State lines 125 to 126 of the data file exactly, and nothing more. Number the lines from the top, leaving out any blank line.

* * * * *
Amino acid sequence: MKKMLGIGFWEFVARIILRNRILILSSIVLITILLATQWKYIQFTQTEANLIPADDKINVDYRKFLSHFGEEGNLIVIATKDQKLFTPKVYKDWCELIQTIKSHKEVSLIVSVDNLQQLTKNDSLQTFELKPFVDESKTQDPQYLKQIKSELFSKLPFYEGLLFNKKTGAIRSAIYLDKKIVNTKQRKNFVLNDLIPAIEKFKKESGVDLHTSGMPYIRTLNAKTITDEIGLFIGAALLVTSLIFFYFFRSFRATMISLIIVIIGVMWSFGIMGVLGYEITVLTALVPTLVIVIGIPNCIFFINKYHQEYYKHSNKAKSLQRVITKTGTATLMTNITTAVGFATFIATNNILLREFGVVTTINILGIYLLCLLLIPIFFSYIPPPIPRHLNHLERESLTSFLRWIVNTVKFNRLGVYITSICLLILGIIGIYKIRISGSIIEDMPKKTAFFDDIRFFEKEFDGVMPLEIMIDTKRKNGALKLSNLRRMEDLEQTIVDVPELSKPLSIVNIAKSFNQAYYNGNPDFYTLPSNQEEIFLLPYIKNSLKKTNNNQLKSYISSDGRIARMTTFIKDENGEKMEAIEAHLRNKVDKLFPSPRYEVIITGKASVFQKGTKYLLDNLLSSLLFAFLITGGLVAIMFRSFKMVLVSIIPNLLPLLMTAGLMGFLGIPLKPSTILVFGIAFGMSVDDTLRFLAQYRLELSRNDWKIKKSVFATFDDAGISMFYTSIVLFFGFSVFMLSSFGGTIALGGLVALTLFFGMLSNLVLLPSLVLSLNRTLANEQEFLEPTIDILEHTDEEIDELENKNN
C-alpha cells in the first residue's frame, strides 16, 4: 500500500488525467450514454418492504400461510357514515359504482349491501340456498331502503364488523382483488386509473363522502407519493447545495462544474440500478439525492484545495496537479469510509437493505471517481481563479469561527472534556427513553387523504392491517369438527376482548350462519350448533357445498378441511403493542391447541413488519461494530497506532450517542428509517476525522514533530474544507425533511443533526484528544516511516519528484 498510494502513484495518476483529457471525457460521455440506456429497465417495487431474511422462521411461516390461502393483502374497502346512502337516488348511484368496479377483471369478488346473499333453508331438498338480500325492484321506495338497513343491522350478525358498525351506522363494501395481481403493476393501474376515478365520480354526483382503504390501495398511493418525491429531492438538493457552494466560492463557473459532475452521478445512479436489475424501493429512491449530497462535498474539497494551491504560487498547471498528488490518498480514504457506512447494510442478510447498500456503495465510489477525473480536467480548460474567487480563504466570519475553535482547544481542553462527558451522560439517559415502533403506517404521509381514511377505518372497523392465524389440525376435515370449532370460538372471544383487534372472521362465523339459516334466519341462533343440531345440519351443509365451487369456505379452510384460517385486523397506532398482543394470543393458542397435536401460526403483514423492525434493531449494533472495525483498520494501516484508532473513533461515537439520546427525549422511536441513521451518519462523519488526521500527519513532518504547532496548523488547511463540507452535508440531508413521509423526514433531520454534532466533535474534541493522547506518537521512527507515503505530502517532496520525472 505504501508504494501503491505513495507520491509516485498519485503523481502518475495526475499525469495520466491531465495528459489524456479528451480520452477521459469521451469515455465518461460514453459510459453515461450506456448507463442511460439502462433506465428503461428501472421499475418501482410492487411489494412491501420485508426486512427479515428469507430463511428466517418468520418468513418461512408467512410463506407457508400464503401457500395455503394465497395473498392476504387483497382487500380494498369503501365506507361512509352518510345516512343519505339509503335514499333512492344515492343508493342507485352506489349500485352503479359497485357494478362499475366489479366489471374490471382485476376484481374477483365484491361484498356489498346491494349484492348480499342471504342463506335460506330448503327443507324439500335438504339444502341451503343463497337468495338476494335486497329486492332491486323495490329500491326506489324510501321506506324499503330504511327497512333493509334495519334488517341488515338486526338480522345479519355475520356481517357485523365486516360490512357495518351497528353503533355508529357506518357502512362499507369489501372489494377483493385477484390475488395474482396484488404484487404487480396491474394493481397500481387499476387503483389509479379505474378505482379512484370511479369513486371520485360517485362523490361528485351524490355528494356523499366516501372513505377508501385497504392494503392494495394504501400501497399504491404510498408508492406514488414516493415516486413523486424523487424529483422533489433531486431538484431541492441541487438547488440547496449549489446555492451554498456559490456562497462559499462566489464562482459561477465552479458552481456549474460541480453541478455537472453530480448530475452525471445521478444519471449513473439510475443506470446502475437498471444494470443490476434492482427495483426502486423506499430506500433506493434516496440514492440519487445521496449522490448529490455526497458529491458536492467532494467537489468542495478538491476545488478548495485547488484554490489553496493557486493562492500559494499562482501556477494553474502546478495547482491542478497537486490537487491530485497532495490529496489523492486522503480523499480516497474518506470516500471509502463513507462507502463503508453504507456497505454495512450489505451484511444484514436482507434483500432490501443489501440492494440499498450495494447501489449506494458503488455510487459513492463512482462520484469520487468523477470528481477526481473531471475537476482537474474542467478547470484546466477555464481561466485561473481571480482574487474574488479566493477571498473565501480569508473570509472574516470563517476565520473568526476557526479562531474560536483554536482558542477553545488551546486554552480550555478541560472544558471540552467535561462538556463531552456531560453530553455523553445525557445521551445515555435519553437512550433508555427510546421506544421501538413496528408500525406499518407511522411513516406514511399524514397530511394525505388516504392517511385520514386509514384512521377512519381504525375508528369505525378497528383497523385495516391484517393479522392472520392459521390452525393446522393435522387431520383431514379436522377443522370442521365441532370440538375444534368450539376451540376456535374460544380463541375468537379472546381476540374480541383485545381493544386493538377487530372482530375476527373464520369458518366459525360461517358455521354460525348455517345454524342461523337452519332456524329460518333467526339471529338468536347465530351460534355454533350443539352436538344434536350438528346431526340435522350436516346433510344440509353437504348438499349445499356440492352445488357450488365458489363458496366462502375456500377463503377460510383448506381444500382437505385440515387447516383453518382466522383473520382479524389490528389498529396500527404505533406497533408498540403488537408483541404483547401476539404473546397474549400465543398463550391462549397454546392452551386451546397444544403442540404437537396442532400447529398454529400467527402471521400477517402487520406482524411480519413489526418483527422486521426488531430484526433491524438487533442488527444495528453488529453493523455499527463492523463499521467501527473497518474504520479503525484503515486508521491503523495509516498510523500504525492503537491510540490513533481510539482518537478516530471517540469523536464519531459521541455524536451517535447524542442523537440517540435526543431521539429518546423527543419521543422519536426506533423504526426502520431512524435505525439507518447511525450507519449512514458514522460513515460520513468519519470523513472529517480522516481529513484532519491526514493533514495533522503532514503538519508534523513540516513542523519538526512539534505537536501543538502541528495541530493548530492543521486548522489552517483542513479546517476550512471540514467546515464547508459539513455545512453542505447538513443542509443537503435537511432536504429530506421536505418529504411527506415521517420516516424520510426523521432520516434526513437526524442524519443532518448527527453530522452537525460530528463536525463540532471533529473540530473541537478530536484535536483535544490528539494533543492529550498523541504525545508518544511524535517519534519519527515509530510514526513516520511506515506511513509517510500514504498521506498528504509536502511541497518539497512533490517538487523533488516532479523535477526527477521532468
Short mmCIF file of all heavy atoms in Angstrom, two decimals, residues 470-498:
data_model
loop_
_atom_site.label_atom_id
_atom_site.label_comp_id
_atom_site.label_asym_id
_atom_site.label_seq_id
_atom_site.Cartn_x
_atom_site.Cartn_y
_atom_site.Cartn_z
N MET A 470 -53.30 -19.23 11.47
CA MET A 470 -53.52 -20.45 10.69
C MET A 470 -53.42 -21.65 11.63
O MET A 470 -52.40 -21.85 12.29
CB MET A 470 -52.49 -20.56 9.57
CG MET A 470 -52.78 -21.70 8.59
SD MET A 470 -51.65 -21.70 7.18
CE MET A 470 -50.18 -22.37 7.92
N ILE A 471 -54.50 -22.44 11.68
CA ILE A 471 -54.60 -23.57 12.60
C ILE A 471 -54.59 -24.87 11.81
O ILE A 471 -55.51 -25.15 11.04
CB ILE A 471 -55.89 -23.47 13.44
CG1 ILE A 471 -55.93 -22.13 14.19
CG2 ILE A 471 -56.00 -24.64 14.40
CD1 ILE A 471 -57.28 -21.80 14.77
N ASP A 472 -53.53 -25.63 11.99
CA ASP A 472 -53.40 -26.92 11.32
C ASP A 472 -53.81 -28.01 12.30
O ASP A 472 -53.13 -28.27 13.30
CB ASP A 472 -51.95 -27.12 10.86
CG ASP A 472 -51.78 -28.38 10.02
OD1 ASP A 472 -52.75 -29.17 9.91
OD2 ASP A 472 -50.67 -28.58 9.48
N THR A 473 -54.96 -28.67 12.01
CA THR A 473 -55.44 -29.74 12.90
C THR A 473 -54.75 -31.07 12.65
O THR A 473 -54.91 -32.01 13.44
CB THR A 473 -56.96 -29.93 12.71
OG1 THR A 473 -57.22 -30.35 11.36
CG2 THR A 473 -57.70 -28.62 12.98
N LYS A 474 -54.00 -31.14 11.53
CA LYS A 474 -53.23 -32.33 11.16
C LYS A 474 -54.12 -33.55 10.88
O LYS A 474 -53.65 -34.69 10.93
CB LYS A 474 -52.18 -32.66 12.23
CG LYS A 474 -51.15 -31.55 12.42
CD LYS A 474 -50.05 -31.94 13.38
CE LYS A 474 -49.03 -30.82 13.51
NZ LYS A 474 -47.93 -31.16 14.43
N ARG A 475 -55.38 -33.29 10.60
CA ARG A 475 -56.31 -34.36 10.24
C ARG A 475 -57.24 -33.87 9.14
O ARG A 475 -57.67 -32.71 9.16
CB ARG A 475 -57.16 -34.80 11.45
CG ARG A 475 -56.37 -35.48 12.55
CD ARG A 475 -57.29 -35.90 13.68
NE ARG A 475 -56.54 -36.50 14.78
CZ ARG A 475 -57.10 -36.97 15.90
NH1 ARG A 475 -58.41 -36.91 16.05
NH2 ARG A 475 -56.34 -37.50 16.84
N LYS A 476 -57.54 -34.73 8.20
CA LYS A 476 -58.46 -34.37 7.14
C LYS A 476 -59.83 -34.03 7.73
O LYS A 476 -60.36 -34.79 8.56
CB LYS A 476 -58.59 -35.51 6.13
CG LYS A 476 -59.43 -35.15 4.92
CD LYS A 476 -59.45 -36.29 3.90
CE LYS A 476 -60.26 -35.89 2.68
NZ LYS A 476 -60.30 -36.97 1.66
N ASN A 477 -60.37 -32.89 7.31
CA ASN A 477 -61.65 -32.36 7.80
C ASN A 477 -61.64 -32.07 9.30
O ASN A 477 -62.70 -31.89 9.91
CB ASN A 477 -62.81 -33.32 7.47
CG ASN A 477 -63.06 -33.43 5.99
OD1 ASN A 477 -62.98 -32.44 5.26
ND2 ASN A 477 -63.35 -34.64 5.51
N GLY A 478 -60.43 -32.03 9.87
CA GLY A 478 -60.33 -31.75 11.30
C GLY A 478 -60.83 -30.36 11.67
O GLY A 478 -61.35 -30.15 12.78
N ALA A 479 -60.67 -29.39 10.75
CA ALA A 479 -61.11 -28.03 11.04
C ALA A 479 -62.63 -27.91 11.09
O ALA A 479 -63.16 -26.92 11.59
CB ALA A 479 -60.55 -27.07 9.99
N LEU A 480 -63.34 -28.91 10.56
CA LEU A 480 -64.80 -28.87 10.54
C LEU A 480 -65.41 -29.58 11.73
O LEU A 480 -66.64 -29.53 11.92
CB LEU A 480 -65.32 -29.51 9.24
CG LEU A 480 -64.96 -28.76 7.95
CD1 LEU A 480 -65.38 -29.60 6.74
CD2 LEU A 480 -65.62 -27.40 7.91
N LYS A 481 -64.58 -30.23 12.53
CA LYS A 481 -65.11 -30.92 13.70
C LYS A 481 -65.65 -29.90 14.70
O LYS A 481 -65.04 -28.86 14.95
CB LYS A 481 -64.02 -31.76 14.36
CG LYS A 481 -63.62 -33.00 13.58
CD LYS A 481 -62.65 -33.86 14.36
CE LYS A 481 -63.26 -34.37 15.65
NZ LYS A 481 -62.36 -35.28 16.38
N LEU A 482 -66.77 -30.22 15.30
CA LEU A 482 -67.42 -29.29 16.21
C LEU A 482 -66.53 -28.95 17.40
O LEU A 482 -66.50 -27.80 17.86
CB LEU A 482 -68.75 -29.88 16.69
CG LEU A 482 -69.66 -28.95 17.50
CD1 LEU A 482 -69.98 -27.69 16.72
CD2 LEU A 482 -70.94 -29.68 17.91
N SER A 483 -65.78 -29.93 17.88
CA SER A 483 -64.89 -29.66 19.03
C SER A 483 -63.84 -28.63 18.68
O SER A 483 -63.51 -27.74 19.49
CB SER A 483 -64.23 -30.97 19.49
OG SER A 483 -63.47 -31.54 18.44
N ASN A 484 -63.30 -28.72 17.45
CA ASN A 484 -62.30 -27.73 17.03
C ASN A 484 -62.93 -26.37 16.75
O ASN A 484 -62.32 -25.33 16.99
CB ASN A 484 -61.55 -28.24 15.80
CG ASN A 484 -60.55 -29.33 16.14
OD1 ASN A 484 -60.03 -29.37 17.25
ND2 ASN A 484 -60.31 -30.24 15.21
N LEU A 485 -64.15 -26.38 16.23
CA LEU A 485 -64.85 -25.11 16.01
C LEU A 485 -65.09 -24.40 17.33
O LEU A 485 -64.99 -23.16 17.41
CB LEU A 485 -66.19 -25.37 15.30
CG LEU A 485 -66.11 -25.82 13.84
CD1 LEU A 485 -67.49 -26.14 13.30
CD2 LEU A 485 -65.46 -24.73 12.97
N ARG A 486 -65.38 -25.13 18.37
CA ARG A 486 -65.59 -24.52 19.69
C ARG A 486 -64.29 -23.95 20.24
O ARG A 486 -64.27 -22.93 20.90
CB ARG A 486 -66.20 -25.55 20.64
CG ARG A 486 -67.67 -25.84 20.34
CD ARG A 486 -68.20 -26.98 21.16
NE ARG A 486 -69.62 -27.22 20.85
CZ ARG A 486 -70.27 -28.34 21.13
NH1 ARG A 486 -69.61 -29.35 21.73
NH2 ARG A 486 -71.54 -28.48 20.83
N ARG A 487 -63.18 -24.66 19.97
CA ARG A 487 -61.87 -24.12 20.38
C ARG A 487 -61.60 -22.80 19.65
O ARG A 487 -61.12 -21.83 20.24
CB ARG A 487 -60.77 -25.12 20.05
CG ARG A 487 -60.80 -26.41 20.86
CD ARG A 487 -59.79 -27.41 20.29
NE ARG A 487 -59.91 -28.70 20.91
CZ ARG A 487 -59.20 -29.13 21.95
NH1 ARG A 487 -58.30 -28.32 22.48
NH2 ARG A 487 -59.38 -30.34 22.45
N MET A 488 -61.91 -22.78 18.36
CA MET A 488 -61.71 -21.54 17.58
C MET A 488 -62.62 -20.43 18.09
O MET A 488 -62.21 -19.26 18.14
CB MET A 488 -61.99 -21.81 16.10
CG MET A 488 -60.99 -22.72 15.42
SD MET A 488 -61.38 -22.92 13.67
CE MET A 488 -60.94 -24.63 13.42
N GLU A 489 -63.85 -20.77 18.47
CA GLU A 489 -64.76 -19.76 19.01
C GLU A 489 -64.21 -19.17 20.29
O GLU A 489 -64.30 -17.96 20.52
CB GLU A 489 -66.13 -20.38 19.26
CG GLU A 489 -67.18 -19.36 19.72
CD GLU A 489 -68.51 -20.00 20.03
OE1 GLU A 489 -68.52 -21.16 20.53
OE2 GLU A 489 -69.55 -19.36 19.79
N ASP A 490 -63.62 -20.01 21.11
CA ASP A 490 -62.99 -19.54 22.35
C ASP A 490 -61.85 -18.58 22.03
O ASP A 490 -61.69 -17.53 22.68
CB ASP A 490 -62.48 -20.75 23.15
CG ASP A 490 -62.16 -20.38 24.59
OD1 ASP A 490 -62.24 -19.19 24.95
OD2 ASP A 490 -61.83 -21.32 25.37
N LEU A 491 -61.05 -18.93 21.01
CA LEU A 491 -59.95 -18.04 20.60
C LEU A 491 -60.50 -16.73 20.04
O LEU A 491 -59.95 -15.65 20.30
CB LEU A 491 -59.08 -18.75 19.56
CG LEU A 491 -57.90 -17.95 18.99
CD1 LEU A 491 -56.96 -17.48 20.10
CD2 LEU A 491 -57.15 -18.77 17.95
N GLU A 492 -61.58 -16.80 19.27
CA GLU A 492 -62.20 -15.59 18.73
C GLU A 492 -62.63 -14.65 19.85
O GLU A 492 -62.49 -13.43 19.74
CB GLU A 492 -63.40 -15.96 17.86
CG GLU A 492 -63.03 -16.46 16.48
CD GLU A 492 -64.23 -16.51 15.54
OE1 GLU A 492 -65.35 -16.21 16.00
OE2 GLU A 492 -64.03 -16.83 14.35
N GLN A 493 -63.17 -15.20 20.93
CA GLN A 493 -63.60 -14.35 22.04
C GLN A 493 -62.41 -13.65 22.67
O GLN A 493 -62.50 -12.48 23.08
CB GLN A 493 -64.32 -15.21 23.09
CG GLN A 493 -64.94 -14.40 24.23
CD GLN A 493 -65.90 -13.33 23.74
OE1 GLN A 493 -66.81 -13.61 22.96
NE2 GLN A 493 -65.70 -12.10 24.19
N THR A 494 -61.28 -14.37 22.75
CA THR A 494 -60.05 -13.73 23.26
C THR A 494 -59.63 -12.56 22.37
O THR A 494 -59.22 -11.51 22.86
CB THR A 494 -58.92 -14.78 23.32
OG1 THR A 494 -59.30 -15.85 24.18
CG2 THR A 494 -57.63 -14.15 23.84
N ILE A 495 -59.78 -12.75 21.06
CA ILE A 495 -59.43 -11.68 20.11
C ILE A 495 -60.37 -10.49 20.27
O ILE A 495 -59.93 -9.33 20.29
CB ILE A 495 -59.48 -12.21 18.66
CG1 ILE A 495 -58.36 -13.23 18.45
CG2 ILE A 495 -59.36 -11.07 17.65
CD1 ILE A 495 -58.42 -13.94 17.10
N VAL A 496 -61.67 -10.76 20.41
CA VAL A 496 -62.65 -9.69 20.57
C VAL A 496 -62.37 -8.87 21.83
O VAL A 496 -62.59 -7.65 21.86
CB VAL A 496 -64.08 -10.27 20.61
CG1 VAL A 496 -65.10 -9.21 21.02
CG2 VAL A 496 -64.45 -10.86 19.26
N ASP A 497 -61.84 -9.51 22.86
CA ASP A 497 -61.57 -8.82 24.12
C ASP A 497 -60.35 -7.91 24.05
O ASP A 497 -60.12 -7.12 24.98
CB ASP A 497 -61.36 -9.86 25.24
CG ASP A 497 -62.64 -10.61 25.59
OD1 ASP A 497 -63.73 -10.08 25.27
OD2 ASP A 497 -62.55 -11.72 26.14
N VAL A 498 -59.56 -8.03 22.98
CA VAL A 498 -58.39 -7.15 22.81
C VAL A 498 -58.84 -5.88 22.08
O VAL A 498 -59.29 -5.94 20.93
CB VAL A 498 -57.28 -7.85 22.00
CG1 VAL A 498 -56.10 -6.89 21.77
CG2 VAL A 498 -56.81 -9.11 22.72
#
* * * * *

CB ASN A 484 -61.55 -28.24 15.80
CG ASN A 484 -60.55 -29.33 16.14